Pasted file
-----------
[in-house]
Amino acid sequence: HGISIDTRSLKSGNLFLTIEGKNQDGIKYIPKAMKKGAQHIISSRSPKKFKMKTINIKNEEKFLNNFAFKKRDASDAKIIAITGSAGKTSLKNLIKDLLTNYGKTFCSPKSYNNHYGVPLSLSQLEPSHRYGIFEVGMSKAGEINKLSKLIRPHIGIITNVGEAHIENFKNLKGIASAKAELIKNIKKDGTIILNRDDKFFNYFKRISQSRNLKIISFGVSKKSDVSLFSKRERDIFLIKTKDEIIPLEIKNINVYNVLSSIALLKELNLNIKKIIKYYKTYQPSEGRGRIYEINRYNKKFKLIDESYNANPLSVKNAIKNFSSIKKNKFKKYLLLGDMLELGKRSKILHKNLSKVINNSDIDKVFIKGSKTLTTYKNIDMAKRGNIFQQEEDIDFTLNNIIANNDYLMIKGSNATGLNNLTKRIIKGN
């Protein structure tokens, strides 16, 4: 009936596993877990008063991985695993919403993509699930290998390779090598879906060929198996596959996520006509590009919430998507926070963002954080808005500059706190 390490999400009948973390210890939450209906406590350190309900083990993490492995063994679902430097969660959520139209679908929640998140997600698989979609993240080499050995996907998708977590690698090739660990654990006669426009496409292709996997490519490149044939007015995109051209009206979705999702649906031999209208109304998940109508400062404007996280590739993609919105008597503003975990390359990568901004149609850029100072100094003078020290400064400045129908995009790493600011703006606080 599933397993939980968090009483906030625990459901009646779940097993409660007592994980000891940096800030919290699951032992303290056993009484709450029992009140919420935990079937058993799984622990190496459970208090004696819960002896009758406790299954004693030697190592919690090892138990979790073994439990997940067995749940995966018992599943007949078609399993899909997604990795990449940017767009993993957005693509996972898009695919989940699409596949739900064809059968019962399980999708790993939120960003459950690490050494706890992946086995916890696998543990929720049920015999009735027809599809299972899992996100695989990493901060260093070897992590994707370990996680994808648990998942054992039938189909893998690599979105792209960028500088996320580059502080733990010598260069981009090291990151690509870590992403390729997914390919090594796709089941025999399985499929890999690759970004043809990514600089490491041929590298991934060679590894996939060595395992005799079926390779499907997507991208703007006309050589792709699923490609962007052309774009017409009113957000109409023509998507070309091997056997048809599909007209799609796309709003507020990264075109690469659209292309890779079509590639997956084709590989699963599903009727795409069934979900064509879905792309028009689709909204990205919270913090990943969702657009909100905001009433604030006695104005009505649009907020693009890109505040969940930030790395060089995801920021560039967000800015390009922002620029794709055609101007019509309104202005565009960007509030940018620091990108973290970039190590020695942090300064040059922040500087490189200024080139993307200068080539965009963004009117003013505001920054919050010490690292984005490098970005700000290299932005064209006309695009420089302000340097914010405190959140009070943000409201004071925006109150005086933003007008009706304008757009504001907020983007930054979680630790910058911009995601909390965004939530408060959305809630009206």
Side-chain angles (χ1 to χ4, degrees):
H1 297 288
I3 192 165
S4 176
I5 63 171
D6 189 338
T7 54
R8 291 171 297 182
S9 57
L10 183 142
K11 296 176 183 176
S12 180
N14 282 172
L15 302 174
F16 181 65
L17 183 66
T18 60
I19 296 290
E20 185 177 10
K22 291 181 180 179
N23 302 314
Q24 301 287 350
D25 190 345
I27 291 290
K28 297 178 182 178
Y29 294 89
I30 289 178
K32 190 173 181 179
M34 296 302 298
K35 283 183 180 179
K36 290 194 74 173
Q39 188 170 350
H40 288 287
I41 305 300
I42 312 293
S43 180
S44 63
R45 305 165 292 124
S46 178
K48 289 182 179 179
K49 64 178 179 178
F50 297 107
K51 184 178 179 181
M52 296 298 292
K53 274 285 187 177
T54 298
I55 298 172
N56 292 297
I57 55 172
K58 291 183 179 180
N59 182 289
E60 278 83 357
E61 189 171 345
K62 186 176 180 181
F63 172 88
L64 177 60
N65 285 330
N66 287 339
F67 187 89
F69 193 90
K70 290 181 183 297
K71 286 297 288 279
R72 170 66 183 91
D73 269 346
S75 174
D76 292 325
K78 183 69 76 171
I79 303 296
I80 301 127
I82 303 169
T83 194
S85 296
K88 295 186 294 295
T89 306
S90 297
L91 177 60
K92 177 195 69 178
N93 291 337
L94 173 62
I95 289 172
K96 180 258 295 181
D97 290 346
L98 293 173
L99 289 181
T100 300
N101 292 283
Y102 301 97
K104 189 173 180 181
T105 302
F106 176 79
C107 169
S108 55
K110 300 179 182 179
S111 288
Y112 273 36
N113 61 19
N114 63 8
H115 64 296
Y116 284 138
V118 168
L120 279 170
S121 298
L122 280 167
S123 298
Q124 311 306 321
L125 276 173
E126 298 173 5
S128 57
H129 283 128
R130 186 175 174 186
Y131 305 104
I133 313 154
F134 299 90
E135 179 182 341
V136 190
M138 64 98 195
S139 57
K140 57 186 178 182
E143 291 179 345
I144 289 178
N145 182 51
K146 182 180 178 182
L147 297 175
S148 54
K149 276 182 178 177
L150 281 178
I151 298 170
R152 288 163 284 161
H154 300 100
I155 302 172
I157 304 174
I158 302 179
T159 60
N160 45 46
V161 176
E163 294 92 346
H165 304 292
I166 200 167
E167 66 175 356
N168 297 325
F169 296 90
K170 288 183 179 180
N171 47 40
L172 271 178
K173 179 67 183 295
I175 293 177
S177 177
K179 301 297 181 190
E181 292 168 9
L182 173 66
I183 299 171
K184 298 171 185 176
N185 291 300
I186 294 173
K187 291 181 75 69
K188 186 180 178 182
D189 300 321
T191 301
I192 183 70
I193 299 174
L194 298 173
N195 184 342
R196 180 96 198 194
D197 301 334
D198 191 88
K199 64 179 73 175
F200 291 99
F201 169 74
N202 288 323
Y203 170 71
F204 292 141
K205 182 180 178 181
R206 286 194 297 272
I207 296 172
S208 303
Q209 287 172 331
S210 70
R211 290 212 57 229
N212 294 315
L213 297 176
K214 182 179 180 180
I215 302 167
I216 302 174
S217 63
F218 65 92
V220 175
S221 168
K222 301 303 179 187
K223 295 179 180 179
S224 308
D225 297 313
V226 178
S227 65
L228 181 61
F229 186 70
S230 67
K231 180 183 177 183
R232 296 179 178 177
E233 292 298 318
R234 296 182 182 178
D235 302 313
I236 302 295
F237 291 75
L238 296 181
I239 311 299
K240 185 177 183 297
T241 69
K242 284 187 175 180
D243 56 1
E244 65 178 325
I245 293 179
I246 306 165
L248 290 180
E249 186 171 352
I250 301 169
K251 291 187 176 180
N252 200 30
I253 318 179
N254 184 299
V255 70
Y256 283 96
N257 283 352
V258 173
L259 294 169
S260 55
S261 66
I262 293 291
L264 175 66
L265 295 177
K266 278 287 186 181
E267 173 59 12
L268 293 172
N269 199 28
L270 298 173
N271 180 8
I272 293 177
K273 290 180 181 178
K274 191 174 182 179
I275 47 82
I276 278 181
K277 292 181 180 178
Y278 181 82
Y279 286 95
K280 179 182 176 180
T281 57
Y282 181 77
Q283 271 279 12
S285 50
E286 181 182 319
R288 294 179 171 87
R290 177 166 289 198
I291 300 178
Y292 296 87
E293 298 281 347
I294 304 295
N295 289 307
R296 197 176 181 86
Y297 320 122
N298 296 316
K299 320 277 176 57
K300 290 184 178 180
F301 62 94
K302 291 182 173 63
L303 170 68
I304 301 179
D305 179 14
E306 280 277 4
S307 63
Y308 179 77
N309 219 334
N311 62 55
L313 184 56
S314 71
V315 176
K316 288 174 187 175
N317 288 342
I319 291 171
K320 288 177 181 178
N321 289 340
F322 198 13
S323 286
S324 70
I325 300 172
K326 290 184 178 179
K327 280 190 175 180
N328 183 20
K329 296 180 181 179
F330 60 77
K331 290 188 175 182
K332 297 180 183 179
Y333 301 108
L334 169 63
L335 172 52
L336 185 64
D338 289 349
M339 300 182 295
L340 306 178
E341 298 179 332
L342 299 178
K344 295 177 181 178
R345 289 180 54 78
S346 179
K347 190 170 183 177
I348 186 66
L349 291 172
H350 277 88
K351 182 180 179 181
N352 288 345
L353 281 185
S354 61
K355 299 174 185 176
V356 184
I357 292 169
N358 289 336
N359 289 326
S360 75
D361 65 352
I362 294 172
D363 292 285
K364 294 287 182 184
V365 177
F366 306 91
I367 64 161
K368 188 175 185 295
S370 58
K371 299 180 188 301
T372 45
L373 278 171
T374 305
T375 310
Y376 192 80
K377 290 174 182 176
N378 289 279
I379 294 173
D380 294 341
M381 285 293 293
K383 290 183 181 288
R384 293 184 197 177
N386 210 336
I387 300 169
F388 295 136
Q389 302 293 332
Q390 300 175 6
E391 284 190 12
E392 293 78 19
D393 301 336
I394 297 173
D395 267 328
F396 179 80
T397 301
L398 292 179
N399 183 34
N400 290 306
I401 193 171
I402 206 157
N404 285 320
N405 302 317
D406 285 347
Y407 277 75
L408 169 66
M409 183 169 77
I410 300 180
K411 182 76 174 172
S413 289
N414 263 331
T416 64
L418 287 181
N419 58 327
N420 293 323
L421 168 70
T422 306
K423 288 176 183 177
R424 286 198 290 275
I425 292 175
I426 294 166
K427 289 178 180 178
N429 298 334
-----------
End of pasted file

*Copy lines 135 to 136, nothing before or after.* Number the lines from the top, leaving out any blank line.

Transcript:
I158 302 179
T159 60